What If the Respondent Refuses to Sign the Divorce Papers in Dallas County, Texas?
By Marcy Brinkley
Creatas Images/Creatas/Getty Images
If you filed for divorce in Texas but the other party refuses to sign the final decree of divorce, you may set the case for trial and ask the judge to make decisions about the property division, custody of the children, child support and other issues. Refusing to sign the papers will not stop the finalization of the divorce, but the procedure becomes more difficult than an uncontested divorce situation. Dallas County's local rules describe the manner of setting a hearing and finalizing such a divorce.
In an uncontested divorce case, both parties sign a final decree of divorce that addresses all of the issues of the case including child support, conservatorship and property division. After the 60-day waiting period, one party appears at a brief hearing to finalize the divorce and ask the judge to sign the decree. If the respondent refuses to sign the decree, you will need to set a hearing and present evidence to the judge so that she can decide the terms of the divorce. Under no circumstances, however, will the other party be able to prevent the divorce from occurring at all.
Applicable Law and Local Rules
The Texas Family Code sets out laws regarding marriage, divorce, property division and parent-child relationships that apply to divorces throughout the state. Most counties also expect parties to follow local rules that apply only to the procedures of the courts in that jurisdiction. Dallas County, for example, publishes local rules for the family law courts that describe the procedures for setting hearings, courtroom conduct, pretrial conferences and other issues that arise frequently. When you file for divorce in Dallas County, you and your spouse are also subject to a set of standard temporary orders regarding the children, marital property and conduct of the parties while the divorce is pending.
Setting a Final Hearing
If the parties cannot reach an agreement and the respondent refuses to sign the decree, the case is considered a contested divorce and the issues must be resolved at a trial where both parties present evidence to the judge. Either party may set a final hearing on the merits by contacting the clerk/administrator of the court. When you set the case for hearing, you must notify the other party in writing of the date and time within two business days of obtaining the setting Prior to the final hearing, you should conduct discovery to obtain information about the other party's assets, arrange for witnesses to appear and prepare a final decree of divorce. On the day of the final hearing, present your evidence, respond to the other party's case and ask the judge to sign your decree.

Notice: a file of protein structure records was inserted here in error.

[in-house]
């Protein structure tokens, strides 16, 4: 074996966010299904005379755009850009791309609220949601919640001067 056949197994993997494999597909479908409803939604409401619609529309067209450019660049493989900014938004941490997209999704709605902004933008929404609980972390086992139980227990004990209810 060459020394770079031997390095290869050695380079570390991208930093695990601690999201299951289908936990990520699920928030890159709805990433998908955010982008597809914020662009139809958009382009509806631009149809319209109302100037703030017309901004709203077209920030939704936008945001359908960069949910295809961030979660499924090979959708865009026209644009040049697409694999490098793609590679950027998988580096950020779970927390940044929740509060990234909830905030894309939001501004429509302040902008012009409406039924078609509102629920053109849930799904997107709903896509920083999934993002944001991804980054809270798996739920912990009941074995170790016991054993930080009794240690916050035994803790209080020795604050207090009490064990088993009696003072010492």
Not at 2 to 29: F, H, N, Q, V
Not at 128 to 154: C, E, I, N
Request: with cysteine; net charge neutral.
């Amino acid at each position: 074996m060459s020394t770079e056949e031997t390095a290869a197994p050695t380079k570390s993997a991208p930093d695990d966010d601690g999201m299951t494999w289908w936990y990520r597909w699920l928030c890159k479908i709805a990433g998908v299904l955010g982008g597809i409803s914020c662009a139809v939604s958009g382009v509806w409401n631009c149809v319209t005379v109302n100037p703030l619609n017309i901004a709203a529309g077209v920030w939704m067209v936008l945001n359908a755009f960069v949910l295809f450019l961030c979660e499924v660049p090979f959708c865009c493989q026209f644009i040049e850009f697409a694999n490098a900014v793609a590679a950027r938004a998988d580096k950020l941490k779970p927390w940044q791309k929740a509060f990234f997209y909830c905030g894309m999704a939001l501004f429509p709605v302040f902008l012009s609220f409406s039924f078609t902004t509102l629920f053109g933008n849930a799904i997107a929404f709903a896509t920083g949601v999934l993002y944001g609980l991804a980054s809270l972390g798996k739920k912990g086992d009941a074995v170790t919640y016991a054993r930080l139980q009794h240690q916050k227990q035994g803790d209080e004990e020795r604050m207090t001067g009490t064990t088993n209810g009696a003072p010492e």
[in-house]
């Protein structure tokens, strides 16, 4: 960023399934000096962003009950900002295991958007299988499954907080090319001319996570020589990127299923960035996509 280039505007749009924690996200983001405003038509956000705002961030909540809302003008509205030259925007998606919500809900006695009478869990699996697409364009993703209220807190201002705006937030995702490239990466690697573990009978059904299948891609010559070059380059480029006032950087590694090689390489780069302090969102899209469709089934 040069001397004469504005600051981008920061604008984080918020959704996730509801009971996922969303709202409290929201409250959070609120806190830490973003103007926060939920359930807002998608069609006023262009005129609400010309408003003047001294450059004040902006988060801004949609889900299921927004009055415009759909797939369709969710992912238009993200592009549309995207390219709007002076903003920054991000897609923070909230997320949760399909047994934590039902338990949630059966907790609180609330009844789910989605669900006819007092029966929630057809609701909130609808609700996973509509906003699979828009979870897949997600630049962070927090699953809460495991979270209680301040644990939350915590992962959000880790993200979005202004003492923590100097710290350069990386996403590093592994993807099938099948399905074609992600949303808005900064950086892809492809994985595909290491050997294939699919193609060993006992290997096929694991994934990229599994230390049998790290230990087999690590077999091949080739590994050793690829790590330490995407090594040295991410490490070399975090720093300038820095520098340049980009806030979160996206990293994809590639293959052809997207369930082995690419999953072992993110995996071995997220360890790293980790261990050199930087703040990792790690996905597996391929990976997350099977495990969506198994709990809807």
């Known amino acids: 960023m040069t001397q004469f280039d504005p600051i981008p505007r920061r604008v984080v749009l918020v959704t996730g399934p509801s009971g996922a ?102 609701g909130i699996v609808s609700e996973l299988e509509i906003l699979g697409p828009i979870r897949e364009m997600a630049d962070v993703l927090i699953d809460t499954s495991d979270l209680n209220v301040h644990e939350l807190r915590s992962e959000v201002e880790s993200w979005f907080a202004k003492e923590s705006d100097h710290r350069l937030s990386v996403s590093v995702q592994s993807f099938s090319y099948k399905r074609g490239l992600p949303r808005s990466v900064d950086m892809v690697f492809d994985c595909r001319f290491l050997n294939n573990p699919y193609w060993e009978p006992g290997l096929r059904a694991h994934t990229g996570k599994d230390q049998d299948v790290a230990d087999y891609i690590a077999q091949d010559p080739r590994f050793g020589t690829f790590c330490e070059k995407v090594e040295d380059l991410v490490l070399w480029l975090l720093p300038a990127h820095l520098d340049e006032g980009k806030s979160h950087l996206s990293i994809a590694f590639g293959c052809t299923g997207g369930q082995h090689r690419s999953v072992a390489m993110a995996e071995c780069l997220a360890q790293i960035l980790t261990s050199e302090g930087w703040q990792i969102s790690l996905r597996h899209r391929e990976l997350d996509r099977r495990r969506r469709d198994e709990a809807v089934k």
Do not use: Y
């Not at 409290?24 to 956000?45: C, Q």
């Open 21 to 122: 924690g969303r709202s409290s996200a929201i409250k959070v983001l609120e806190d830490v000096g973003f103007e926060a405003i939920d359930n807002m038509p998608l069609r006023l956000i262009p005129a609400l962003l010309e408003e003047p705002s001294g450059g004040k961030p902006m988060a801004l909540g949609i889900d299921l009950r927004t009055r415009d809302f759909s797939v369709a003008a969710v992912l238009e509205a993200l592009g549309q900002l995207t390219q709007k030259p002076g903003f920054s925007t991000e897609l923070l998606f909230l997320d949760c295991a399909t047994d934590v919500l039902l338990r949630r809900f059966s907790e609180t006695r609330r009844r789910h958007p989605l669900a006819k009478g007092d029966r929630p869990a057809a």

Read More: Tips on Final Hearing Uncontested Divorce
In some situations, the judge will grant a divorce even if the other party refuses to participate in the final hearing. You must show that you served the other party with notice of the suit, he is not on active duty in the military, your proposed final decree of divorce divides the property fairly and equitably, and the provisions for the children are in their best interests. You will be asked to present evidence to assist the judge in making her decision and to provide her with a written final decree of divorce to sign. If the other party is in the military, the court will appoint a lawyer to represent him in the proceedings if necessary.
If the other party refuses to sign the decree because he does not agree with one or more of its provisions, you may try to re-negotiate with him. If the other party agrees, you may also try mediation, a form of alternative dispute resolution that involves discussing your situation with the help of a neutral third party. If you reach an agreement on the issues, you may proceed with the case as an uncontested divorce. Even if the other party refuses to mediate, you may ask the judge to order him to attend.
Marcy Brinkley has been writing professionally since 2007. Her work has appeared in "Chicken Soup for the Soul," "Texas Health Law Reporter" and the "State Bar of Texas Health Law Section Report." Her degrees include a Bachelor of Science in Nursing; a Master of Business Administration; and a Doctor of Jurisprudence.